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Fact-finding mission to contaminated Fife beach

Members of the local community met with Mr Tuncak, fourth from left.
Members of the local community met with Mr Tuncak, fourth from left.

A United Nations official has been on a fact-finding mission to the radiation-contaminated Dalgety Bay beach.

Baskut Tuncak, special rapporteur on the implications for human rights of the environmentally sound management and disposal of hazardous substances and waste, met with Dalgety Bay and Hillend Community Council and the local sailing club to gather evidence of the remediation work now taking place on the beach where contaminated Second World War debris was dumped.

The purpose of the meeting, part of a tour undertaken by the UN representative at the invitation of the Foreign and Commonwealth Office, was to discuss the contamination and work currently being undertaken at the foreshore next to Dalgety Bay Sailing Club.

Mr Tuncak is an international attorney specialising in toxic chemical-related matters.  He is interested in the impact on food, water, air and housing.

In his role of rapporteur he has the mandate to visit countries and report on issues related to the human rights aspects of the control and disposal of hazardous substances and wastes.

The process involves drawing up a report after visiting the site and meeting with stakeholders.

After being given a history of the contamination, he was interested in the length of time it took to negotiate a solution with the Ministry of Defence.

During his fact-gathering exercise, which involved a visit to the eroded shoreline and other places where particles had been discovered, he was told the of impact on the local sailing club, where there are still issues to be resolved.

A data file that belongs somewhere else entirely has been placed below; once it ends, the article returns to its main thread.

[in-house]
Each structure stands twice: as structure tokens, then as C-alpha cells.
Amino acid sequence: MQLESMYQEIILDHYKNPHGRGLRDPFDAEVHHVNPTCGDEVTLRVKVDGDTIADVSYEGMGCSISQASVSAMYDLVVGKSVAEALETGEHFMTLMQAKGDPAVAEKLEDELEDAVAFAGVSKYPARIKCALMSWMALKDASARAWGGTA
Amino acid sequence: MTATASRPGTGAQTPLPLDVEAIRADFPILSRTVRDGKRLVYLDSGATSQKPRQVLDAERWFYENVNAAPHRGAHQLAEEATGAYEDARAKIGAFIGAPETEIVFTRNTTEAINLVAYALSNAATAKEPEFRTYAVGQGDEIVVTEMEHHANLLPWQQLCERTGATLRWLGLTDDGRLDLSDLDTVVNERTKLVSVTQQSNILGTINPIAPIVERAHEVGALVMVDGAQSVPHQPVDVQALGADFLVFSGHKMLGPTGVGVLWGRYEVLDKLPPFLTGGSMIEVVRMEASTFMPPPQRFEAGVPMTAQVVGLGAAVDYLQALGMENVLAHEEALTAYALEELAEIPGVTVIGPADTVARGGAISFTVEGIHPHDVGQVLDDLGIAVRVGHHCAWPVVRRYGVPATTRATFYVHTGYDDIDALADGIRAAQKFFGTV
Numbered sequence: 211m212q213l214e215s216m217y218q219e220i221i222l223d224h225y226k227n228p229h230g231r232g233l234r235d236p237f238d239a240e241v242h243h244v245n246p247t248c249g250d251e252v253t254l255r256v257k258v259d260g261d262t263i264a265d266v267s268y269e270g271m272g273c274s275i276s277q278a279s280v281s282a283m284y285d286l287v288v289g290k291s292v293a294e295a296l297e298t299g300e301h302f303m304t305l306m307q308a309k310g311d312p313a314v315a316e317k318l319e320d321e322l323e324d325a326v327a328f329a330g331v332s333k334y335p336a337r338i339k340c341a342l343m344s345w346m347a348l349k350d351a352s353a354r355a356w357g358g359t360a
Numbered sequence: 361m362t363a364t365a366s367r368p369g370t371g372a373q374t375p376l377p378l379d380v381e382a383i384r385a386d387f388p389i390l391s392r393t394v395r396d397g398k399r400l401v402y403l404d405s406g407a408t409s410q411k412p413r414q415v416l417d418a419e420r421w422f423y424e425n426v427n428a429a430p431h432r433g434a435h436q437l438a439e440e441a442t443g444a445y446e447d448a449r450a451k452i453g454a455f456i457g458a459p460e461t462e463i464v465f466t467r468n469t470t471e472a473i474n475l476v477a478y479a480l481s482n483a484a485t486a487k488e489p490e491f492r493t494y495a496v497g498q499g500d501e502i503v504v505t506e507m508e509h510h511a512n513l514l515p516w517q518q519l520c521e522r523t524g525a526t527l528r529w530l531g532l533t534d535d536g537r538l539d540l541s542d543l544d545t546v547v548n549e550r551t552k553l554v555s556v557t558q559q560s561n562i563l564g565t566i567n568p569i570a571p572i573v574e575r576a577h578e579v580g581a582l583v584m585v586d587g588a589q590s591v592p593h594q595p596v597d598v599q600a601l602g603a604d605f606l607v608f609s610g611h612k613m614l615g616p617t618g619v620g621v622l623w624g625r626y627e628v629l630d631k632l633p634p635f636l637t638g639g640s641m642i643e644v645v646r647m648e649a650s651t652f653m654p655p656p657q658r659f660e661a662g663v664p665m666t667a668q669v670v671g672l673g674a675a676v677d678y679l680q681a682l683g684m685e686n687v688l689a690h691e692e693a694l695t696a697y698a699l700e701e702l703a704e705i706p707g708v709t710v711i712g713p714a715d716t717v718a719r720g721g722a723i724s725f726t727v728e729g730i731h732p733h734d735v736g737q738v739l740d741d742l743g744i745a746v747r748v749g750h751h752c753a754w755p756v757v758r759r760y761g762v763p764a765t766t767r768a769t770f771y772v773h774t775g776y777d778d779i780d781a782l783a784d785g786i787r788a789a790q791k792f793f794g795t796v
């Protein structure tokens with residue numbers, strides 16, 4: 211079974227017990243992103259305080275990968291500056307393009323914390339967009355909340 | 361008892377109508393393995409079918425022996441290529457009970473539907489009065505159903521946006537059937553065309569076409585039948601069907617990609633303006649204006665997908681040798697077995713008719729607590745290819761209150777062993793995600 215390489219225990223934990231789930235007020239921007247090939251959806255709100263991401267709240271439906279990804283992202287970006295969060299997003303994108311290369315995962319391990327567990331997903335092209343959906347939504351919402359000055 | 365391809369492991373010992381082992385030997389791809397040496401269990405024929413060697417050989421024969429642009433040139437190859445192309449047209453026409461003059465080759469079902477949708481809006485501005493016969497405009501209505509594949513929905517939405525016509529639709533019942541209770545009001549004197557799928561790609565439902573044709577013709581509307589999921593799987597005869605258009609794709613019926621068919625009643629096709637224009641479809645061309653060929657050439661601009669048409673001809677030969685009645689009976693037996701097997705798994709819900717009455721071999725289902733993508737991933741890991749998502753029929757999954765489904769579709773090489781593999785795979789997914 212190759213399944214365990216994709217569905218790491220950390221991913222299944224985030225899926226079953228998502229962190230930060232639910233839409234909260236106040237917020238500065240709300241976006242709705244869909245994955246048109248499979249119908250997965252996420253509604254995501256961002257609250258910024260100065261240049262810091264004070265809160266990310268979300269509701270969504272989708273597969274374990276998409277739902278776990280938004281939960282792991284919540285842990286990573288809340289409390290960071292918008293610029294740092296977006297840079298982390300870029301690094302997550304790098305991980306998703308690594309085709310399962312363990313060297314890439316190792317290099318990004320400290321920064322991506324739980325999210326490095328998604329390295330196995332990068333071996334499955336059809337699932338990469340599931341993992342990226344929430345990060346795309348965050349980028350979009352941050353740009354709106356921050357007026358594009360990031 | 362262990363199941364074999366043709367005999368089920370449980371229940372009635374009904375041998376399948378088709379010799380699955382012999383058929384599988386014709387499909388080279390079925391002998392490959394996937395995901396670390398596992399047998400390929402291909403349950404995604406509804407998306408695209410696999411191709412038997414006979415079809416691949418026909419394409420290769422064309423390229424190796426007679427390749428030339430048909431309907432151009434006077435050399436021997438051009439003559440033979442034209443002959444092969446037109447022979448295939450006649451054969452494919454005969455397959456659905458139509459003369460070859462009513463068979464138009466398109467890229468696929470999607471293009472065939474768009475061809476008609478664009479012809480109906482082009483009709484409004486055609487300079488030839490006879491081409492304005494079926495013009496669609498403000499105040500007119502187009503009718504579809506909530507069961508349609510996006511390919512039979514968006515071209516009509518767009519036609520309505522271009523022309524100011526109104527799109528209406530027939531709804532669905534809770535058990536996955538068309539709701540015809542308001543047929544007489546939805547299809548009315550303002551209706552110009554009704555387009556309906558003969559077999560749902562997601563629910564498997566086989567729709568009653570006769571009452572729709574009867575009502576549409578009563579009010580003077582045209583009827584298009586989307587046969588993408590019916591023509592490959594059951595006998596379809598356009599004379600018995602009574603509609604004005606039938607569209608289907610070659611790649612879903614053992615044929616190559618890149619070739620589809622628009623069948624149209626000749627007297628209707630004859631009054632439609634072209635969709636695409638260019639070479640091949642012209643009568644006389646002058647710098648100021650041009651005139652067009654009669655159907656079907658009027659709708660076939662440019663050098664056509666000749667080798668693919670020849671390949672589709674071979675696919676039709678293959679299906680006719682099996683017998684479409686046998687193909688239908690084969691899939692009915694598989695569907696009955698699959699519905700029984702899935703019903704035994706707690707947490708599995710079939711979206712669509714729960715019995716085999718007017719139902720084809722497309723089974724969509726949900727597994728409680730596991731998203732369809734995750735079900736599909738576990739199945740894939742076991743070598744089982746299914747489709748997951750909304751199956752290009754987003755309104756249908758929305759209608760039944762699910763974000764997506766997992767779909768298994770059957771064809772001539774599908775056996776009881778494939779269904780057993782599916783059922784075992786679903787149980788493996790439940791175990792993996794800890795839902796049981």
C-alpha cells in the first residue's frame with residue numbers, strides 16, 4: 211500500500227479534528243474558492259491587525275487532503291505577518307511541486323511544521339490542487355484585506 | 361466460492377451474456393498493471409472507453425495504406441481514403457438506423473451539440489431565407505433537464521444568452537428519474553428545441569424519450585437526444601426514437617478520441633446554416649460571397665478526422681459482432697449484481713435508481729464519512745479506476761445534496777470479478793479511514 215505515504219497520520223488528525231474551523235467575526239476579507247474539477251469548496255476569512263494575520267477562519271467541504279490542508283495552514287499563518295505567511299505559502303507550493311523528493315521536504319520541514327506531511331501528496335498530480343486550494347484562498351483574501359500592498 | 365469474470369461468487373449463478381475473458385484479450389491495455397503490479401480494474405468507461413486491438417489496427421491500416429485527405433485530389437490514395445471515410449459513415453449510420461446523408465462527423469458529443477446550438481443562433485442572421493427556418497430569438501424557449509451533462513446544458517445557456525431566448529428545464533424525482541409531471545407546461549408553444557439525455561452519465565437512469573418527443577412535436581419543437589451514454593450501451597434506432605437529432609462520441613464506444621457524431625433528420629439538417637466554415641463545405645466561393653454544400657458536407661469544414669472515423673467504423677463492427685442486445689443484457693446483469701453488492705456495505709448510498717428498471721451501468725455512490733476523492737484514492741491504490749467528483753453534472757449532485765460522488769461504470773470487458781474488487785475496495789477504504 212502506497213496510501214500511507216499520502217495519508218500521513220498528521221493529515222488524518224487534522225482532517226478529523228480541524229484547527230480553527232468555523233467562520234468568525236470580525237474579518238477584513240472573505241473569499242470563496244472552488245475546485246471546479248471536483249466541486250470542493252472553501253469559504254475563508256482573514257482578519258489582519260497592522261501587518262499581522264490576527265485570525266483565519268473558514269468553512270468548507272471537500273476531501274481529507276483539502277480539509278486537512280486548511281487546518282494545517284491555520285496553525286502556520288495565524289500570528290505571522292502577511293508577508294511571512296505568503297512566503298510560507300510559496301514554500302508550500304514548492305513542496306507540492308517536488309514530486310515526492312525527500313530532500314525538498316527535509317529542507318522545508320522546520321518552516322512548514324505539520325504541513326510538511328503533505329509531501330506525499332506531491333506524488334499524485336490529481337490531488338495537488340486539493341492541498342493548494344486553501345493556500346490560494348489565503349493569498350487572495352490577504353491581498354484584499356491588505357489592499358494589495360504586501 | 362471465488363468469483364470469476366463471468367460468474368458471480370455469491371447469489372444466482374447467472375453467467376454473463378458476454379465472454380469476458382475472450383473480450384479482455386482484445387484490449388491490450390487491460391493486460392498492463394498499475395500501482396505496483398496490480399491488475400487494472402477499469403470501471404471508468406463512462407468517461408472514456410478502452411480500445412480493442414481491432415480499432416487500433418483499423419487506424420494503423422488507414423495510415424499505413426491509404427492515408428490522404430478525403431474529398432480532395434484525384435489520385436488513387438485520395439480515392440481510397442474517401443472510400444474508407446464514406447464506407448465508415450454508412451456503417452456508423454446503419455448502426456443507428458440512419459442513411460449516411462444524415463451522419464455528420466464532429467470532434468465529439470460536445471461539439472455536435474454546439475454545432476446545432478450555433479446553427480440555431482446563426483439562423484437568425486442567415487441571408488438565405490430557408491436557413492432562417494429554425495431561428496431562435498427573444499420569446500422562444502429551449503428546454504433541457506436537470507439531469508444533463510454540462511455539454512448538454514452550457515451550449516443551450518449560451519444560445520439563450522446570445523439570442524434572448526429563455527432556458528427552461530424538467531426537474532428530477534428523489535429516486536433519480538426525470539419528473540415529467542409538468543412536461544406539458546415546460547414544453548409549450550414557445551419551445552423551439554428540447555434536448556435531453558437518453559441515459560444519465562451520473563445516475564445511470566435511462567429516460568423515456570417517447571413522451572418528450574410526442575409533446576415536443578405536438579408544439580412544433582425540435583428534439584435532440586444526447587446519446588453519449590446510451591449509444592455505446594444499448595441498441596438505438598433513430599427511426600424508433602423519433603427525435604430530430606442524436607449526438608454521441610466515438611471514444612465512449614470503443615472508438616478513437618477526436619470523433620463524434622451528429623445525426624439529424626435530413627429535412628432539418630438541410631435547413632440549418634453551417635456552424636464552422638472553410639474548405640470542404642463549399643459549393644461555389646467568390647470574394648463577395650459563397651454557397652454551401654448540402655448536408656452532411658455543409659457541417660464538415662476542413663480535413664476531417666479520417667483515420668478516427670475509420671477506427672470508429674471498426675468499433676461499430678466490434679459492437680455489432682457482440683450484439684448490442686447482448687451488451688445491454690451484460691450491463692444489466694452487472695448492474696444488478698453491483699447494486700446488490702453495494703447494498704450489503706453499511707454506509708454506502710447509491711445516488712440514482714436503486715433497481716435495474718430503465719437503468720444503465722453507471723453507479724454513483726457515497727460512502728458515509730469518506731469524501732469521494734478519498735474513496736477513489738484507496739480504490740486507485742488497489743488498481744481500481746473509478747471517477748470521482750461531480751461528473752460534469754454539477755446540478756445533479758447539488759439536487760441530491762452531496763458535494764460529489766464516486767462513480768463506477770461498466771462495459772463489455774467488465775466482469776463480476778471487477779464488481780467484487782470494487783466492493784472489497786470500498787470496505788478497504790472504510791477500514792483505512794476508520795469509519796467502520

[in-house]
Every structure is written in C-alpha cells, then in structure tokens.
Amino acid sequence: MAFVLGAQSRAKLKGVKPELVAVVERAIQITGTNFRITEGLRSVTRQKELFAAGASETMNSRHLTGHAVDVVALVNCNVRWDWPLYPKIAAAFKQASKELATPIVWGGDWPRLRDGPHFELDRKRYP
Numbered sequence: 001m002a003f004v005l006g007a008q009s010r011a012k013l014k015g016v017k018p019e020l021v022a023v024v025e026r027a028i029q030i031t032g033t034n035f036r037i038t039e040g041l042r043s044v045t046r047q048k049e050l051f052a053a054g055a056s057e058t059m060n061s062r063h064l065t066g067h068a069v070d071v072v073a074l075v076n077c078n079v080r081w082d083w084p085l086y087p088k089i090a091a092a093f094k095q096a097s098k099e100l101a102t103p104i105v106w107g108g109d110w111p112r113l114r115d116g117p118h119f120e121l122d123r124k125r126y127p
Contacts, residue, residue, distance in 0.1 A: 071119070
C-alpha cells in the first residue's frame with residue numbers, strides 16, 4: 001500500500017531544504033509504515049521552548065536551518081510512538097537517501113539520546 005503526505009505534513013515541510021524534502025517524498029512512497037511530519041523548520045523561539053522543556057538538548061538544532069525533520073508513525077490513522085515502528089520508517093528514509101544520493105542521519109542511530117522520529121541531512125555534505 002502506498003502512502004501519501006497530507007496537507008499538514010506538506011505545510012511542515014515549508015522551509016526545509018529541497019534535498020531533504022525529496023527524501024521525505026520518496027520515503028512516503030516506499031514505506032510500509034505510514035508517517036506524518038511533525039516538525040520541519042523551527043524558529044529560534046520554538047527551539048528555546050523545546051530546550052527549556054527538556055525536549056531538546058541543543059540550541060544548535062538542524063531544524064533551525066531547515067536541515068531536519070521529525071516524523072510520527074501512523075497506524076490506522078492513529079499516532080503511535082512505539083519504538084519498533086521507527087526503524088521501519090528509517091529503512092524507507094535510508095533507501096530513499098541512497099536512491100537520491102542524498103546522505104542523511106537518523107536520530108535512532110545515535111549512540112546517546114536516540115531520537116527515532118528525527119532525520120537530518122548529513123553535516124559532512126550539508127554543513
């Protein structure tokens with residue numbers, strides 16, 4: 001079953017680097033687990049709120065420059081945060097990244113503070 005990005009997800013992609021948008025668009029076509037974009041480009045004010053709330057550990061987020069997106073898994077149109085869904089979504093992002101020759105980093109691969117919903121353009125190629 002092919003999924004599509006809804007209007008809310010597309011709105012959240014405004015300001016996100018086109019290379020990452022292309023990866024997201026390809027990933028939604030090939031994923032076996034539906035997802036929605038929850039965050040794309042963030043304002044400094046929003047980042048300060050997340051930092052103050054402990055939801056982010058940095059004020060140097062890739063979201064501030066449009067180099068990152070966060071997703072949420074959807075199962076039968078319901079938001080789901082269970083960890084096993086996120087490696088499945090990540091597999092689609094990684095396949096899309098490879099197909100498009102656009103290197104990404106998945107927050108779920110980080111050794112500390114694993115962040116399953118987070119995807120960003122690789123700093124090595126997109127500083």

He also heard about restrictions to avoid contaminants getting into the food chain even though, as Scottish Environment Protection Agency’s Dr Paul Dale pointed out, the area was not a recognised shellfish culturing area.

Asking if SEPA had easy access to the necessary MoD information and records, he was told that these were difficult to find but not inhibited by MoD.

Instead, problems were down to lack of adequate records.

The UN official was keen to find out if the local community was confident remediation work will go ahead.

Sailing club treasurer David Williams said the club was confident.

Meanwhile, SEPA would always look out for public safety for as long as it takes.

Local Green MSP Mark Ruskell said the saga of radioactive waste had been going on for more than 25 years and the visit by the UN was recognition of the toll that had taken on the local community.

“The community council, sailing club and other local groups have fought hard to represent residents and ensure they have their say.

“However, issues remain over the records the MoD has on its war time activities, which has added to the years of delay in resolving the problem.”

He said: “We have to learn from the experiences people in Dalgety Bay have gone through and ensure this does not happen again.”

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